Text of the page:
“a suite of algorithms that allow you to prove you’re authorized to carry out an operation without revealing any other information about yourself.” Office entry ID cards are one example of a digital credential that currently offers up more information about you than you may want. Whenever you swipe an ID card at an office turnstile, a card reader checks if you’re authorized to enter. The card verifies this by providing your identity. “So whoever is in charge of that building knows everything about your patterns of entering and leaving.”
Anonymous credentials, on the other hand, give the card reader only one piece of information: that you are authorized to enter the building. Even your name and employee number are hidden. Because of this, there’s no record of when you went out to grab a coffee or left work for the day. This type of credentialing can be used for many other security transactions. Lysyanskaya uses the example of reading the Providence Journal online: an anonymous credential shows you’ve paid for your subscription and reveals nothing else (which, among other things, has huge implications for advertisers trying to collect data about you).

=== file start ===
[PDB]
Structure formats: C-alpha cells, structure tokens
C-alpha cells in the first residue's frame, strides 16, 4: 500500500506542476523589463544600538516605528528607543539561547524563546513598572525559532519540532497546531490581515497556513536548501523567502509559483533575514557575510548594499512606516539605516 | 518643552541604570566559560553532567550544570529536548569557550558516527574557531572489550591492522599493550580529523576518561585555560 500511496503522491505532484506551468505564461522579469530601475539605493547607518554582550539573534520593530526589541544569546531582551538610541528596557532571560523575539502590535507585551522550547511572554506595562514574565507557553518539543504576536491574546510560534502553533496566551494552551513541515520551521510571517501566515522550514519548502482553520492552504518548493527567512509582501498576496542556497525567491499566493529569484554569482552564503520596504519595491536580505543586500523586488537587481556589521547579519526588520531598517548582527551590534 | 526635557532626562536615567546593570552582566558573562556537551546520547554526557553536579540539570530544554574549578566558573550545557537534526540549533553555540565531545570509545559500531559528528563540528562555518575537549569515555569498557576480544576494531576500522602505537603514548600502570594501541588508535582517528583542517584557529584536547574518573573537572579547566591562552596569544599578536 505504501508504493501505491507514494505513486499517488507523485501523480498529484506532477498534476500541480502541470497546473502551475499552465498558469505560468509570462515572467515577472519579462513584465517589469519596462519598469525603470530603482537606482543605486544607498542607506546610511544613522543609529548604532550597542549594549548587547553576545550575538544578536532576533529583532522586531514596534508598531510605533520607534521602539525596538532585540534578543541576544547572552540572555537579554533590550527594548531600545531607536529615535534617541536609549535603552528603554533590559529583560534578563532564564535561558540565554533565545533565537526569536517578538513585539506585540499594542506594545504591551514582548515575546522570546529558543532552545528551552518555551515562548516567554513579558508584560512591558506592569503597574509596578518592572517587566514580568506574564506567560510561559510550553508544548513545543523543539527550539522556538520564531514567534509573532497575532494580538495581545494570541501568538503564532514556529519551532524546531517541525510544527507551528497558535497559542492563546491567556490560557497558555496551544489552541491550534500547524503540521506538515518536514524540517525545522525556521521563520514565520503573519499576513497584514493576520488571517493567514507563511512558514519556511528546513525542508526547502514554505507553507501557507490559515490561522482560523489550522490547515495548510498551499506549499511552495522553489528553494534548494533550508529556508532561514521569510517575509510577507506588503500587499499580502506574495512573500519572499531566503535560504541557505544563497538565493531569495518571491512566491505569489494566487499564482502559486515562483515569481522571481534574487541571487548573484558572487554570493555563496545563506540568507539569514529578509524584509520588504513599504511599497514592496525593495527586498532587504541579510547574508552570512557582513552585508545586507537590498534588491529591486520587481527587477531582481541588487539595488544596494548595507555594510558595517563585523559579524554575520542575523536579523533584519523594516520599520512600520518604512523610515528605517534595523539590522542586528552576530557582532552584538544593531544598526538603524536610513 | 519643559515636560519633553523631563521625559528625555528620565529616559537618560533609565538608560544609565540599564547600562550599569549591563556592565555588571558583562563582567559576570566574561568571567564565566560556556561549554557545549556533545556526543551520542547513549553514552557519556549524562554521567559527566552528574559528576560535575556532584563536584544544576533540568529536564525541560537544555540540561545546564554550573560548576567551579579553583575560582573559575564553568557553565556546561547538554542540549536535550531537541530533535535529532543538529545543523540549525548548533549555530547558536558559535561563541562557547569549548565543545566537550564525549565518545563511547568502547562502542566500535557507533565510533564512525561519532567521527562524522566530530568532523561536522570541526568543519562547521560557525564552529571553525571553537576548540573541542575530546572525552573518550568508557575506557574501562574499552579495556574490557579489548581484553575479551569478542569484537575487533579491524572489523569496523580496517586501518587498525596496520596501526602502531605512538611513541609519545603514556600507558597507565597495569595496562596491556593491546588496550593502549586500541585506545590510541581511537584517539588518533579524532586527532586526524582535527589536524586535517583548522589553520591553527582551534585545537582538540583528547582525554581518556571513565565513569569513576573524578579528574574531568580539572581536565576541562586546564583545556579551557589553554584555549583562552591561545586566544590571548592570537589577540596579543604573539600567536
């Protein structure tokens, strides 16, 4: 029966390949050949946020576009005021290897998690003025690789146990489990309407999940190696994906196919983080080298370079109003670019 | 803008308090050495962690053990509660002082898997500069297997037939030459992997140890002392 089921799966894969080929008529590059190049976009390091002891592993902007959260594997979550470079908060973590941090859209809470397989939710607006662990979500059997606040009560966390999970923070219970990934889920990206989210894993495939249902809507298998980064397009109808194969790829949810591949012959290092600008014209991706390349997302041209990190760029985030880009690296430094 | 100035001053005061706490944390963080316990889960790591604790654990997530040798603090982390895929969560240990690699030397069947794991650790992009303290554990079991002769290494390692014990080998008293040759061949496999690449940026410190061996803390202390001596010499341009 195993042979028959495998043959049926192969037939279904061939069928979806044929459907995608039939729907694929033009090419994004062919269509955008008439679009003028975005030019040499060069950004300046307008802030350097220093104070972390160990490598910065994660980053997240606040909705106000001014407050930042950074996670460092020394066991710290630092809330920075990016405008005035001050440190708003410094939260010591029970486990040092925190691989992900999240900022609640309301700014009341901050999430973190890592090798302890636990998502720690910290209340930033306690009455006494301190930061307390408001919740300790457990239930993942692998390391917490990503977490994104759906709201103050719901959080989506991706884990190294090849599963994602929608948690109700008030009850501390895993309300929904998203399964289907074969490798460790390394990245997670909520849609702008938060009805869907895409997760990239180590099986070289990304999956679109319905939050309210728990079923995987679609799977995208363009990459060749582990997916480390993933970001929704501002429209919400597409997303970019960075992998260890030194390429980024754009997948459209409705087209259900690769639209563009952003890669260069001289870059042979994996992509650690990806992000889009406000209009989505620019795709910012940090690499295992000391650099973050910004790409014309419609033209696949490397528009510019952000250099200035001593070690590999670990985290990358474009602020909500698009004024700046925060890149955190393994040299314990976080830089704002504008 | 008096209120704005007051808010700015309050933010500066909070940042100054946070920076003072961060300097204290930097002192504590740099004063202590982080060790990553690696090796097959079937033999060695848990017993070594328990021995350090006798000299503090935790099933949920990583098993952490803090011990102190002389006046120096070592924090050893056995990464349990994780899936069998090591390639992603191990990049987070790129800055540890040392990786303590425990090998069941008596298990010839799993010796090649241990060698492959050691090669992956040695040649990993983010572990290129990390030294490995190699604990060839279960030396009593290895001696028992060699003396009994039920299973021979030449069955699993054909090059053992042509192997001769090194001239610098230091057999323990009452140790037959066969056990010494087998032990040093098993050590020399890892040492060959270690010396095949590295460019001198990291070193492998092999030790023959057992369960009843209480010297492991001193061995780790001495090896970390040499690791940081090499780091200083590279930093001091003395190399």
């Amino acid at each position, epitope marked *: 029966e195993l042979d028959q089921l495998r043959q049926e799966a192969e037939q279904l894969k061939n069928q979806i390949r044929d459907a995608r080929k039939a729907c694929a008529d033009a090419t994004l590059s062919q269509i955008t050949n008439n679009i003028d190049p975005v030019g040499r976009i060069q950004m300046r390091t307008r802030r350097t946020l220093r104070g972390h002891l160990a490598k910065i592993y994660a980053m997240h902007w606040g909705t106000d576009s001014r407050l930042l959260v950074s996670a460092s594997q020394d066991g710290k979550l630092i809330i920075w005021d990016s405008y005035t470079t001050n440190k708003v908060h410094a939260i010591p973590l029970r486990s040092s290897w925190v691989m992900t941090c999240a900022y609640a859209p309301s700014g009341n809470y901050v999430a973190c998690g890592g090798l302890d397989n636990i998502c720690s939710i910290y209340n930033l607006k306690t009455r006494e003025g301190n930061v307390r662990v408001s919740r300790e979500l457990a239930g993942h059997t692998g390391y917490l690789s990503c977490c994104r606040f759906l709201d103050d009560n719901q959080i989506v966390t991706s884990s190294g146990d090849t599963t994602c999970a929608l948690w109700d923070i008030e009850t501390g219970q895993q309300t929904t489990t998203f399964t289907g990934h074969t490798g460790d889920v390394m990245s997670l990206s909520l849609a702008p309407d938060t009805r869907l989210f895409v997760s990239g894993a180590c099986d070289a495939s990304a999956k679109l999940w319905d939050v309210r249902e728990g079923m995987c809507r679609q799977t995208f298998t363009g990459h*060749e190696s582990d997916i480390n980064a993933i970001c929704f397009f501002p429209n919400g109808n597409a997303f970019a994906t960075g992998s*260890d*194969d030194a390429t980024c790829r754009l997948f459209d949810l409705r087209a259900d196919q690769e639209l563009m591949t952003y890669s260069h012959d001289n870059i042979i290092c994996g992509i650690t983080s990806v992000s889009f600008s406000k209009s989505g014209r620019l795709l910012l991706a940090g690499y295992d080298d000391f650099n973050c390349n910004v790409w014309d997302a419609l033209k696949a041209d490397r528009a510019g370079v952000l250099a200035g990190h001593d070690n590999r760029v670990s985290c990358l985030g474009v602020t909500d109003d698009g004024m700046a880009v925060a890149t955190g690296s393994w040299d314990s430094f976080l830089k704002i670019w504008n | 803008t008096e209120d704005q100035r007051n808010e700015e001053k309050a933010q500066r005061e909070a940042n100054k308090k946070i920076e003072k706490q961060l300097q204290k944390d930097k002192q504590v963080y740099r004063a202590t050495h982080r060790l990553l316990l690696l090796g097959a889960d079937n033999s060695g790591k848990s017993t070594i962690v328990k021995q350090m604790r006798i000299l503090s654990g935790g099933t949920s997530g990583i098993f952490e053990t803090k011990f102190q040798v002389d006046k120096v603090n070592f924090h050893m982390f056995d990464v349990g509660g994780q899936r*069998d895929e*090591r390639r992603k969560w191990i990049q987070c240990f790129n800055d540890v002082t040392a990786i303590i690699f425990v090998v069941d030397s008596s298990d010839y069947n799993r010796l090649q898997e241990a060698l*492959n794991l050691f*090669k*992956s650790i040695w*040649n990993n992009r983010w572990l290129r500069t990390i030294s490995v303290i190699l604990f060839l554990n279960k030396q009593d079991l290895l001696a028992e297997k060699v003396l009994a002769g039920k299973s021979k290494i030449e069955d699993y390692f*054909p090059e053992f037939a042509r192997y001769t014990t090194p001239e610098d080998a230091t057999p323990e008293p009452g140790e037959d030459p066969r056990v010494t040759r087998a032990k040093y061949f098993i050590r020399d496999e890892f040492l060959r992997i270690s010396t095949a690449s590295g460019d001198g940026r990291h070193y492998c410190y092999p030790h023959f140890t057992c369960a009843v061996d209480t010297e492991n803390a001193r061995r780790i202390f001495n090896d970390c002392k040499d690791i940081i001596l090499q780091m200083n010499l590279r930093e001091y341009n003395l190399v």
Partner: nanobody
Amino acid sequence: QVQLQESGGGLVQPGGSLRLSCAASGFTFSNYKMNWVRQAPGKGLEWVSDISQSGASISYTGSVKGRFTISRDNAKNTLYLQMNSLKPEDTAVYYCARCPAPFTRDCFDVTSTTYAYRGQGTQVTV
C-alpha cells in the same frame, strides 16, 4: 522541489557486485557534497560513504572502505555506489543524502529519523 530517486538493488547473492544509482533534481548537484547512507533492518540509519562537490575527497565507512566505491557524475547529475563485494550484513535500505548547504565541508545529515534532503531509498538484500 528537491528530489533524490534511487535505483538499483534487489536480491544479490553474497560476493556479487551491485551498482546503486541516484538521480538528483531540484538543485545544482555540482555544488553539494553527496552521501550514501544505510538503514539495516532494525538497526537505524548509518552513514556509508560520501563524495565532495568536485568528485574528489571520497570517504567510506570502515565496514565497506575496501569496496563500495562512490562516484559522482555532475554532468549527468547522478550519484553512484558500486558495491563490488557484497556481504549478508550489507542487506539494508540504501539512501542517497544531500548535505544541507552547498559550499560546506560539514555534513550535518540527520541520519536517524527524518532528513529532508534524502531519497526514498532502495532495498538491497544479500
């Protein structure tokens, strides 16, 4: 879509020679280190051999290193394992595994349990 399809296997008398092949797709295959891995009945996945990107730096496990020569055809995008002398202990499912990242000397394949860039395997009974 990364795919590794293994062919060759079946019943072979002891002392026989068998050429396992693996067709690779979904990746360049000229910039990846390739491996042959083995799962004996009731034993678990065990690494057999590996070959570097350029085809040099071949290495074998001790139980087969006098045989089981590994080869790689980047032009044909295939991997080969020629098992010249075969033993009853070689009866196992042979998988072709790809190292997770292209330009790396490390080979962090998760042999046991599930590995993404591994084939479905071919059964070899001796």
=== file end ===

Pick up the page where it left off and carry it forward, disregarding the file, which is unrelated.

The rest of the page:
Basic encryption requires math equations that scramble, or “lock,” your info and secure mathematical keys that make sure only the intended recipient can unscramble it. With anonymous credentialing, another layer of algorithms creates a mathematical pseudonym for you, and more algorithms verify the “security clearance” of both parties based on whether they have the keys to solve certain mathematical problems.
Associate professor of computer science Seny Kamara has been fascinated with computers for as long as he can remember. Growing up in France, Senegal, Italy, and New York City, playing early generations of Nintendo, he taught himself to fix his computer whenever it broke down. Kamara earned a BS at Purdue and an MS and a PhD at Johns Hopkins, where he first worked on cryptography. Before arriving at Brown, he spent eight years as a researcher at Microsoft. Since 2016 he has been directing the University’s Encrypted Systems Lab and is a member of his department’s CAPS (Cryptography/Anonymity/Privacy/Security) group.